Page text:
More About the Author

About the Author

Considered one of the leading Latin music journalists in the world, Cobo is also Billboard's executive director of Latin content and host of "Estudio Billboard," the critically acclaimed interview show that airs weekly on the V-Me network.
Also a former concert pianist, Leila Cobo is a native of Cali, Colombia, the setting of her debut novel, "Tell Me Something True."
Leila decided early on to blend her two loves--music and writing--into one, and has forged a career as a leading music journalist who considers that being a musician is essential in accurately covering other musicians.
Leila is the the organizer and host of Billboard's annual Latin Music Conference, where where a major component are her one on one interviews with superstars like Ricky Martin, Marc Anthony, Paulina Rubio and Enrique Iglesias. Leila has also written liner notes for the likes of Shakira and Chayanne. She is also the host of the television show Estudio Billboard, which features in-depth interviews with top Latin acts. Leila is Fulbright Scholar with a master's degree from the Annenberg School at the University of Southern California and also holds dual degrees in journalism, from Bogota's Universidad Javeriana, and in piano performance from the Manhattan School of Music.
She concertized extensively as a classical pianist before dedicating herself full-time to writing and journalism.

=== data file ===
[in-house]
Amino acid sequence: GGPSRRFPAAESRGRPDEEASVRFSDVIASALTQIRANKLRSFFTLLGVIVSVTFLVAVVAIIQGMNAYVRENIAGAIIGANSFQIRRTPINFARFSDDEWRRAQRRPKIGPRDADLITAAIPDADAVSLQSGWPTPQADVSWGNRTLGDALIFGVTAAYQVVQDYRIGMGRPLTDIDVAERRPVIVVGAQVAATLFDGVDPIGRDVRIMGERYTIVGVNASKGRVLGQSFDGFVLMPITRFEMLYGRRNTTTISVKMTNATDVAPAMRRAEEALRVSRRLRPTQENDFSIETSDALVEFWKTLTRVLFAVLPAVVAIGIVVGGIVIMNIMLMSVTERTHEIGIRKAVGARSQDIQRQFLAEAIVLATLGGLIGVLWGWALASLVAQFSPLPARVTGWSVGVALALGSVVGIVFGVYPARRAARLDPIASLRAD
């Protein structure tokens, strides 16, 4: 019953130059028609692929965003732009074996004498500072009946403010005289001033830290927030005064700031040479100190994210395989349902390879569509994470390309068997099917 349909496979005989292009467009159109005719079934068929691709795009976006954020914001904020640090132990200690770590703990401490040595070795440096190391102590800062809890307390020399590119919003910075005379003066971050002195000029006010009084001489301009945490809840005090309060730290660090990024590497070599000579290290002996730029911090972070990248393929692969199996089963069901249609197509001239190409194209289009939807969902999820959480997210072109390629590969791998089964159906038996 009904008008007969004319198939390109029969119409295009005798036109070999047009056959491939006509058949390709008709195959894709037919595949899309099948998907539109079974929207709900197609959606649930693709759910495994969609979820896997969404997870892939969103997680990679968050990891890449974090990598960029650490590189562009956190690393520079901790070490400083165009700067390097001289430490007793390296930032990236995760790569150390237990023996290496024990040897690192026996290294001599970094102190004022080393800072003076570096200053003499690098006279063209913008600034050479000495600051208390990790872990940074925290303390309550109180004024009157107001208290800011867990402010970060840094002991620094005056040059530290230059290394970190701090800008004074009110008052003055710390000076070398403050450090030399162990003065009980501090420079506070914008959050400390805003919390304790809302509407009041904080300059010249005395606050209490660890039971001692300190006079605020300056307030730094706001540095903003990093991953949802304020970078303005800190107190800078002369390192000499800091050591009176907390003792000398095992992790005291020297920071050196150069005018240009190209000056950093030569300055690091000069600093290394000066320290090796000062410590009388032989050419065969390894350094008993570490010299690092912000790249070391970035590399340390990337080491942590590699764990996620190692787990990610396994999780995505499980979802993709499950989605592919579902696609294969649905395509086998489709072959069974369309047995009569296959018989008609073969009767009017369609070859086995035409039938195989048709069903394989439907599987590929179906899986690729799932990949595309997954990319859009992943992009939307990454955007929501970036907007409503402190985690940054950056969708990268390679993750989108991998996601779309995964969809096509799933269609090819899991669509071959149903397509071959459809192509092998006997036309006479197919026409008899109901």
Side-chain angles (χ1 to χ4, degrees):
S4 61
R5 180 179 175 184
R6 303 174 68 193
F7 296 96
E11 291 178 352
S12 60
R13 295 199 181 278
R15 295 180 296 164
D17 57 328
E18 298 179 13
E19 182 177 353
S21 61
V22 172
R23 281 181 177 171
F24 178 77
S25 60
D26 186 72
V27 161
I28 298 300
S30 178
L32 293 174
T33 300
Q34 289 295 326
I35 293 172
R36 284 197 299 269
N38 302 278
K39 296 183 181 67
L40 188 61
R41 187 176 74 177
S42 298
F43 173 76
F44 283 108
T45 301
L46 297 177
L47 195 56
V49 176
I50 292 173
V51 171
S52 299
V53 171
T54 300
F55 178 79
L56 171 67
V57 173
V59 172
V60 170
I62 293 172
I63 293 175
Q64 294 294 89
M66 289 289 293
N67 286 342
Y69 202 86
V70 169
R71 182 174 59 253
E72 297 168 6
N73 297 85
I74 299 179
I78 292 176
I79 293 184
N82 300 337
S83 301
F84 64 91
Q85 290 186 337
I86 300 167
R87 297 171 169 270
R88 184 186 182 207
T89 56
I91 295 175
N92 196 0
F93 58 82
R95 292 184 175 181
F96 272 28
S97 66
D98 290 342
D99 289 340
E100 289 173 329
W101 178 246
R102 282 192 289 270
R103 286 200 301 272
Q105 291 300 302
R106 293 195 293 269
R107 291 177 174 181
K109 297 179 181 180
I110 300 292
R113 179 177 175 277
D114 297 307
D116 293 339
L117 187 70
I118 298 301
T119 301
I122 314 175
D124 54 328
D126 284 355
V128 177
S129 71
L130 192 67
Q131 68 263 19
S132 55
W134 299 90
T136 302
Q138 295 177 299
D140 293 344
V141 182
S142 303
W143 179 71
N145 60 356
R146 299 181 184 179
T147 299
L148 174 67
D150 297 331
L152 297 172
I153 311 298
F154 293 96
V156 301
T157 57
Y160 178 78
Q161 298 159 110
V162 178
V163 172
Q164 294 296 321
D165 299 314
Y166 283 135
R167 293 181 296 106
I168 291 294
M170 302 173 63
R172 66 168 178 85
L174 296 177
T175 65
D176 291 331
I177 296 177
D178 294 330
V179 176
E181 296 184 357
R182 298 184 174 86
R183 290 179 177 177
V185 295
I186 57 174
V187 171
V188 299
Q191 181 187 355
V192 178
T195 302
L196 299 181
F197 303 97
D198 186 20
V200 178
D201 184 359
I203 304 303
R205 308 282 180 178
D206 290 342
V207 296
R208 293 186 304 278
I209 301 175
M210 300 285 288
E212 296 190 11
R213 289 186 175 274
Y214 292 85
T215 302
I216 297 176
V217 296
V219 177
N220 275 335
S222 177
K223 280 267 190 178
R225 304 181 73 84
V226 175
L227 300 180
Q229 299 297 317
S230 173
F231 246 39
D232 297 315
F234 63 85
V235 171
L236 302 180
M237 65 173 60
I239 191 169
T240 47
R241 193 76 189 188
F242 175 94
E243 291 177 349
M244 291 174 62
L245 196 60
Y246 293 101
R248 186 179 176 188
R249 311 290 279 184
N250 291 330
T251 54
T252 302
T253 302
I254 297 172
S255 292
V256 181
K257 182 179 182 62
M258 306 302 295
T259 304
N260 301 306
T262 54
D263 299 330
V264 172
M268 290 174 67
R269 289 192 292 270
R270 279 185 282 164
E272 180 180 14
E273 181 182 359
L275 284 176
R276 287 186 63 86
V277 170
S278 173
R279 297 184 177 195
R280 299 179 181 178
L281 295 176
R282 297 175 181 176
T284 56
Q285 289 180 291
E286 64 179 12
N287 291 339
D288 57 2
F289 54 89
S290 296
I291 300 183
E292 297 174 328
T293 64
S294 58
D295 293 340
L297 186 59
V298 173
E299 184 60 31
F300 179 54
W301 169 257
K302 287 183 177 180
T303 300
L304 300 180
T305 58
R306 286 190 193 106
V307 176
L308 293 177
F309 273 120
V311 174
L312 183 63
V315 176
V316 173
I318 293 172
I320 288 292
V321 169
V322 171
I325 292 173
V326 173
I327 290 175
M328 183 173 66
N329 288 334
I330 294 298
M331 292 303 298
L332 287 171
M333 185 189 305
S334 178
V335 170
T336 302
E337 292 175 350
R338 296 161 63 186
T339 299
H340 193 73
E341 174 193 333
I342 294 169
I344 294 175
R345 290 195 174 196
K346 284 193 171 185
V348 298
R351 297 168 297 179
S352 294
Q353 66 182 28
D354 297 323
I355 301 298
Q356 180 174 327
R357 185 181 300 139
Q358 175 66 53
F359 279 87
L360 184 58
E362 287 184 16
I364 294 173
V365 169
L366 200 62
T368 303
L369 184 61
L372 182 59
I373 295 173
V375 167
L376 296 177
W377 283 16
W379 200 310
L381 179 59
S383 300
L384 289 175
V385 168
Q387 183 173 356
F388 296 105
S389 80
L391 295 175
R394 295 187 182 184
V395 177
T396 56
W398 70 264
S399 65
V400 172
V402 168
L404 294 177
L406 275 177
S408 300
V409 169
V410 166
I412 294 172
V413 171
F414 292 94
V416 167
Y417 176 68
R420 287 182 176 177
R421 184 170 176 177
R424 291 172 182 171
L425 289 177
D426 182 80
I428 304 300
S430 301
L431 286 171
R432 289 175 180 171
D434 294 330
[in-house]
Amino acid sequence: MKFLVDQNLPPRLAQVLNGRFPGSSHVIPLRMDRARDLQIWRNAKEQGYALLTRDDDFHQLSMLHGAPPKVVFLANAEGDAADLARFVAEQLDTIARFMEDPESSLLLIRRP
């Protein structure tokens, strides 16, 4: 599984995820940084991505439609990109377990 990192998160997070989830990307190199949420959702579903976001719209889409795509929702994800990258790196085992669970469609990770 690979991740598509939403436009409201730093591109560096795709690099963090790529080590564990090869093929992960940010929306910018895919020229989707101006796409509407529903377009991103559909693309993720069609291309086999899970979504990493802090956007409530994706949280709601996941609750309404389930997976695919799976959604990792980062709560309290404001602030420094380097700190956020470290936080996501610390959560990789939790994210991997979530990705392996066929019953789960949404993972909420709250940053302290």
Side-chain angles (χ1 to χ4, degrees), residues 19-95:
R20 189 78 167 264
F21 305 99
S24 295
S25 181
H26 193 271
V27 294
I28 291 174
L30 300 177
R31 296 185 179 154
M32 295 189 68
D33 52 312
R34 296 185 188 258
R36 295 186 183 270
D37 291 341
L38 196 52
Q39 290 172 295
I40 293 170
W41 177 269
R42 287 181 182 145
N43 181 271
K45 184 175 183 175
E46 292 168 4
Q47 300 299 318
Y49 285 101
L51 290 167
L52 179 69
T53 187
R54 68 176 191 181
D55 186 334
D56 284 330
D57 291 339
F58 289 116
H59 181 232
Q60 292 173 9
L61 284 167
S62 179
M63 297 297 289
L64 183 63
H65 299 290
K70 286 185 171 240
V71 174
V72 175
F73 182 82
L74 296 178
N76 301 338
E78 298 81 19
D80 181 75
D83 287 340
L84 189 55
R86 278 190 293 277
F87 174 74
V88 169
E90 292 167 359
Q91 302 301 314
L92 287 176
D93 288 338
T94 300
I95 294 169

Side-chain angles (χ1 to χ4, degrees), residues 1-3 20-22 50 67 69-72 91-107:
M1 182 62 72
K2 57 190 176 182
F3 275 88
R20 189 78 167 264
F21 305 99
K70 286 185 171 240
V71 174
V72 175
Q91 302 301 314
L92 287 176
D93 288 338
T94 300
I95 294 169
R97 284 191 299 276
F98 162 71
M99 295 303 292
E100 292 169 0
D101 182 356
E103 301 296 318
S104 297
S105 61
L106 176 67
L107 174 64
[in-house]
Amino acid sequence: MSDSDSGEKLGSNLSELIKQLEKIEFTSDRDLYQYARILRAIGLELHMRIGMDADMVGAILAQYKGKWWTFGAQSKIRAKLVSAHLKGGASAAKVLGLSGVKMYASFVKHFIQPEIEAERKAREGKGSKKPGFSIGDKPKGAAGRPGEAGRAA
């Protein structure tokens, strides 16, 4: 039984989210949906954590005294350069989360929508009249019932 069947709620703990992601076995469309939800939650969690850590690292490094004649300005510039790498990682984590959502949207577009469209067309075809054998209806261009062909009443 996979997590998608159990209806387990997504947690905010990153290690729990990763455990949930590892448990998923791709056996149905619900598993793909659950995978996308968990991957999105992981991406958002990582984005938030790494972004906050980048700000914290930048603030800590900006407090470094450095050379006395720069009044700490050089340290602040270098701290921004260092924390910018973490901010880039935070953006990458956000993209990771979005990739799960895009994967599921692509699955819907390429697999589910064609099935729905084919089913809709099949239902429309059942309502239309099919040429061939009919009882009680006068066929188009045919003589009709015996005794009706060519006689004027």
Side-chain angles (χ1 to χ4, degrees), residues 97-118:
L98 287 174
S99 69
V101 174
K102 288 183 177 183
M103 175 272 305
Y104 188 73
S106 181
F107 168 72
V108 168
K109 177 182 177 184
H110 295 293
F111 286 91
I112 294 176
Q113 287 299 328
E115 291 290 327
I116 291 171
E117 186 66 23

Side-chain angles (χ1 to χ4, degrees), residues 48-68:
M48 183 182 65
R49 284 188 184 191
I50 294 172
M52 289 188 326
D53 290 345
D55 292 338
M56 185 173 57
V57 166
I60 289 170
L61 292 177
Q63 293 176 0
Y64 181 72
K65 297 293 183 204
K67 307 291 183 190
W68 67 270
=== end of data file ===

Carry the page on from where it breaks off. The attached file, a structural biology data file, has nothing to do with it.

She lives in Key Biscayne, Fl. with her husband and children.

Customer Reviews

4.7 out of 5 stars
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Don't hesitate, read this book!
Edgar Martinez
I loved the development of the characters, especially Rita; to me, she had depth, as if Cobo were writing about a real person.
Amanda Jewel
This book is amazing and inspiring, since the first chapter I could t stop reading.
Open Season

Most Helpful Customer Reviews

2 of 2 people found the following review helpful By Quiltinfun on March 19, 2012
Format: Paperback Verified Purchase
This book was very close to my heart, as I have two adopted children from Colombia. I enjoyed the tour of Colombia and felt she had the emotions correct especially regarding the adoptive parents. Asher seemed very much like my son with his looks and love for soccer. Unlike Asher, my son didn't get a second chance. He suffered with depression and took his own life at age 20. So this story was even harder for me to read.

What I hoped for didn't happen. I felt the ending, the meeting with Rita, was rather anticlimatic. Rita even thinks so in the novel. I would like to think and I will continue to think that my children's birth mother did love them. She gave them life and then gave them to me both major sacrifices that I will cherish and honor.

My daughter has spoken about searching for her biological mother and after reading The Second Time We Met I truly hope she never does.